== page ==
Friday, 16 July 2010

Slow reading...

Unsurprisingly perhaps, our ability to concentrate long enough to read for much more than a minute (according to one professor's assessment of her students) is being eroded by our hyperactive online habits. So how can we regain the ability to concentrate on reading again? Slow reading is being advocated as the answer.

Thinking about this, I'm reminded of one 15 year old I coached who was aghast at having to read a whole book - Charles Dicken's Great Expectations - and was overwhelmed by the thought of this half term project set by his English teacher. This was someone who had never before read a book for pleasure, and I wasn't sure that reading Dickens was going to persuade him to do so either. We discussed how he might approach it and what goals he could set himself in order to achieve the task. He suggested a chapter a day, but the book had very short chapters - and 59 of them - so a chapter a day was only going to mean seven chapters over the week. Added to which, given the shortness of each, a chapter a day wouldn't allow him enough time to engage with the story, get into the language (which he wasn't used to) or start to enjoy the process of reading, which I felt was going to be key to his success.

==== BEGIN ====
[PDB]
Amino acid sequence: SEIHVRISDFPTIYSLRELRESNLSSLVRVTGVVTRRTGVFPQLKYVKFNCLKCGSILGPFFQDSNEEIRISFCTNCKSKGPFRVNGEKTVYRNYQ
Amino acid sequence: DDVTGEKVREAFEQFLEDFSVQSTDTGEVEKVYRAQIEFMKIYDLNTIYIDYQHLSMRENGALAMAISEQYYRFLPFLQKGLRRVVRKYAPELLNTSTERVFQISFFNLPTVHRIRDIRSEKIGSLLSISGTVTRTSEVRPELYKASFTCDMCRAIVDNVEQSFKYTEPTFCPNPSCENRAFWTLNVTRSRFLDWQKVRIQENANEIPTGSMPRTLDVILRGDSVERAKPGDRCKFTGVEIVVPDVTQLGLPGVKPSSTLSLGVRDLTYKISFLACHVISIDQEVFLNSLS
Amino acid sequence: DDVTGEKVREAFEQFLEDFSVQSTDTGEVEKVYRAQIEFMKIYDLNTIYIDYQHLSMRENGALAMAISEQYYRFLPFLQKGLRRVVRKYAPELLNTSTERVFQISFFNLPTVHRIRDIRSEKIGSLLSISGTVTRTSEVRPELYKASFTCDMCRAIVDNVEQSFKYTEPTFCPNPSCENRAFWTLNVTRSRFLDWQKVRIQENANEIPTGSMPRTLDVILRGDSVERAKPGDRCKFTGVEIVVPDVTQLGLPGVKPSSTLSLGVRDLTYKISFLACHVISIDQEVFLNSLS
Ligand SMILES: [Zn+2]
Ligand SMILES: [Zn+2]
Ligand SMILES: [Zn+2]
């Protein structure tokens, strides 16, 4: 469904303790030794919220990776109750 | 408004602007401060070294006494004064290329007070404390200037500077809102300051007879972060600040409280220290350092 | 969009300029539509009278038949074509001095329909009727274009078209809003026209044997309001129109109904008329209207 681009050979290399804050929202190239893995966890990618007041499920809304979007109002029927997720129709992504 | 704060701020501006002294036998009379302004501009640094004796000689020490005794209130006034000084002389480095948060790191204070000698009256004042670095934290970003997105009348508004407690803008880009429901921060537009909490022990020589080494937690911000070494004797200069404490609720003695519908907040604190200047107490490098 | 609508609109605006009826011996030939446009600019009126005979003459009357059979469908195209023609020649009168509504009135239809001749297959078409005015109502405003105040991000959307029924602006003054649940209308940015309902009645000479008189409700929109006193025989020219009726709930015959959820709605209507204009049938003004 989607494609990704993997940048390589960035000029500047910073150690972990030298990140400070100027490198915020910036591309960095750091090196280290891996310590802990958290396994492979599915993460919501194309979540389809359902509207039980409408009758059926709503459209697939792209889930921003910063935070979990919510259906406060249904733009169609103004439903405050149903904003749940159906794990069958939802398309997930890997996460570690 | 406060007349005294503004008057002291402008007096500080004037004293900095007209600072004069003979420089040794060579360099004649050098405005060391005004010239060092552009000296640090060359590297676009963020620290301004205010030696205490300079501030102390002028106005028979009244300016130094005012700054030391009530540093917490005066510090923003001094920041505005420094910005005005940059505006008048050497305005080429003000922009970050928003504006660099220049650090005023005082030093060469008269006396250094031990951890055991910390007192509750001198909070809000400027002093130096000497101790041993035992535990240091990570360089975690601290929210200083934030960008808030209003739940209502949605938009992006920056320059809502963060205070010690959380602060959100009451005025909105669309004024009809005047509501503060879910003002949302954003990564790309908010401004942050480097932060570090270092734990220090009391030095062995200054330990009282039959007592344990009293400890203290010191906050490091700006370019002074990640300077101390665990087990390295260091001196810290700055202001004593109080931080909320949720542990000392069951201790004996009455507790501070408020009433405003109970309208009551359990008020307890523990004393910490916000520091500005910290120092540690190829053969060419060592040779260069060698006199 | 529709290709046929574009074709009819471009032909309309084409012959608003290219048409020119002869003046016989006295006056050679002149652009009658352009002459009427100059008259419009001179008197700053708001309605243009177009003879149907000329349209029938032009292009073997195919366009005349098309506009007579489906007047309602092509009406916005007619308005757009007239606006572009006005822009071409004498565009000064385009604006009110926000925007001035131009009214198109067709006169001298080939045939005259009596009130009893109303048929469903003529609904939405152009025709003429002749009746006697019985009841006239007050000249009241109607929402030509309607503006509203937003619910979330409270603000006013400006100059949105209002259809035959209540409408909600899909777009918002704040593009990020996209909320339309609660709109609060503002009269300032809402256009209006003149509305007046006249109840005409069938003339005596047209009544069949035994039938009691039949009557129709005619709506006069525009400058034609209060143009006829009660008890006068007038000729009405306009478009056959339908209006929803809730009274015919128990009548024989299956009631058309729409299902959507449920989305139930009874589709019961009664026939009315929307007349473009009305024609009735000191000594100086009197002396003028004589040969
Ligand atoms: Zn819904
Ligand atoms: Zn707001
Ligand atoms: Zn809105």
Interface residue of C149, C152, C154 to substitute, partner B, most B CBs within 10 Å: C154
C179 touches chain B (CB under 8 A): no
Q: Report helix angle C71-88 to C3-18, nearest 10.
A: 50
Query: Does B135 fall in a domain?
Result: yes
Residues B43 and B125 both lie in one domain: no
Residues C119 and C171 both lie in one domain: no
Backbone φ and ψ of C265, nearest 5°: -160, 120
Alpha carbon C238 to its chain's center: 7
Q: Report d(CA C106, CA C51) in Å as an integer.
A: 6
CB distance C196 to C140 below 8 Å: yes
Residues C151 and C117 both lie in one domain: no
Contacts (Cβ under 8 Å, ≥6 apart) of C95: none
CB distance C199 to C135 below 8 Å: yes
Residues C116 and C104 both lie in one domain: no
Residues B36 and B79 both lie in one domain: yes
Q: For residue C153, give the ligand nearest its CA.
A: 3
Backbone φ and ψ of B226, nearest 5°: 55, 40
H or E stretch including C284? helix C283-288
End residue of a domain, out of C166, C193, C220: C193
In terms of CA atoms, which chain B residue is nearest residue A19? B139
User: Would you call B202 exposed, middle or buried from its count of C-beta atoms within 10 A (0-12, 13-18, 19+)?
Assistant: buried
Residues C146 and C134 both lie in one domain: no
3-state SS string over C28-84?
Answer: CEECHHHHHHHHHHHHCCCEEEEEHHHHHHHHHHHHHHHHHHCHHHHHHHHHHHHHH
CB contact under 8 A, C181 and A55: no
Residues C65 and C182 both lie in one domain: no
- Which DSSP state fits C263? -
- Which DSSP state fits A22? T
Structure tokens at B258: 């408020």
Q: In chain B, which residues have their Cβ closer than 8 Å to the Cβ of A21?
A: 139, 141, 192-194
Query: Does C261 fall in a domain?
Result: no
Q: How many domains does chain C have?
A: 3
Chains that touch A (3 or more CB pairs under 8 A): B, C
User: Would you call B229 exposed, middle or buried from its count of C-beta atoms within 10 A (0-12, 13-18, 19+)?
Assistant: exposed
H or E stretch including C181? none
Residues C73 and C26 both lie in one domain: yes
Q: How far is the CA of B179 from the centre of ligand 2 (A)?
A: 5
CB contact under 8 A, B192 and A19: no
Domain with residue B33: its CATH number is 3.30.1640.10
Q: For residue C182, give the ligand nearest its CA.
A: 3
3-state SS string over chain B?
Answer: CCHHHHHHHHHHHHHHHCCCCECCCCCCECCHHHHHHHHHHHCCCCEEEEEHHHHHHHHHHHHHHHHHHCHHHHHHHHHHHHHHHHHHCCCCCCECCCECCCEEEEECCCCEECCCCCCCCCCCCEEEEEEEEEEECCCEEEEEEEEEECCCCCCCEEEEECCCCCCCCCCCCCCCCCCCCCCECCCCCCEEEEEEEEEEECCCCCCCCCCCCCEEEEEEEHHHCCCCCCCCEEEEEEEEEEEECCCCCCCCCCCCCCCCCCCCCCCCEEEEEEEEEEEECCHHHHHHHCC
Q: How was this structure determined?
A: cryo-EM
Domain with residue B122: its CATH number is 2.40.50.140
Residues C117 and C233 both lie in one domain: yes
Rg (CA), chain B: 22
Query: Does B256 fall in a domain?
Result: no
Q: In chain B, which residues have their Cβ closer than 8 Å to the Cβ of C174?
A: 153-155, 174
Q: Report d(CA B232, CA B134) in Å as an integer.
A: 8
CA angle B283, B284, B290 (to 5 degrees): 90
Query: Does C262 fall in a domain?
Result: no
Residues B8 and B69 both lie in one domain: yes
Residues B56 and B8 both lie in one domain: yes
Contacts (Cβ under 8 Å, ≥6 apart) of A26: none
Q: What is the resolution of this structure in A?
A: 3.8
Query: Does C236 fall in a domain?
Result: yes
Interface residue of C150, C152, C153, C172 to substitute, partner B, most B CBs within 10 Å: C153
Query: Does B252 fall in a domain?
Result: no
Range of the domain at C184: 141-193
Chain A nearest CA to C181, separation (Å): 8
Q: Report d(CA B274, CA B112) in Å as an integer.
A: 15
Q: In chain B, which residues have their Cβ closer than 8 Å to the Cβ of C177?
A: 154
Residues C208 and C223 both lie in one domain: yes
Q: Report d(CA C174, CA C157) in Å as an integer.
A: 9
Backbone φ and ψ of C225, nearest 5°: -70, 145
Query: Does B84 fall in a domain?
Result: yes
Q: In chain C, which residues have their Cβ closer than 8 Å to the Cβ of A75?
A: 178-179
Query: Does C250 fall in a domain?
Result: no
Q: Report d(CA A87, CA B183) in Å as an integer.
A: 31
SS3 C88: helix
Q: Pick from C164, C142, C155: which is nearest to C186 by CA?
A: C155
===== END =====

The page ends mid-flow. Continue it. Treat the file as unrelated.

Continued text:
Could you manage 30 minutes a day, reading? I asked. Without interruptions? Looking doubtful, he agreed he would try. I explained that he had to give himself a chance and however boring he found it initially, he had to try and persevere so that he could start to engage with it. 30 minutes is only the same length of time as an episode of EastEnders (a BBC TV programme he enjoyed) I said, and although he still wasn't entirely convinced, he agreed to give it a try.

When I saw him next I asked how it had gone. "I finished the whole book!" he told me, obviously really pleased with his achievement. I congratulated him and asked him if he had enjoyed the story. He pulled a bit of a face and said he thought he probably wouldn't choose to read another Dickens, but overall it had been OK and - here I was delighted - what else could he read? *

It wasn't just about the books, although my view is that reading opens up a whole new world you possibly couldn't access any other way, but it also allows people to practice their concentration skills in a meaningful and pleasurable way. For this young man, reading Great Expectations showed him that he was capable of concentrating when he chose, and he could apply this skill elsewhere to things that didn't immediately grab his attention - it was just a matter of practice.

Lesson learnt.


* I gave him a copy of One Flew Over the Cuckoo's Nest by Ken Kesey, which he really enjoyed.

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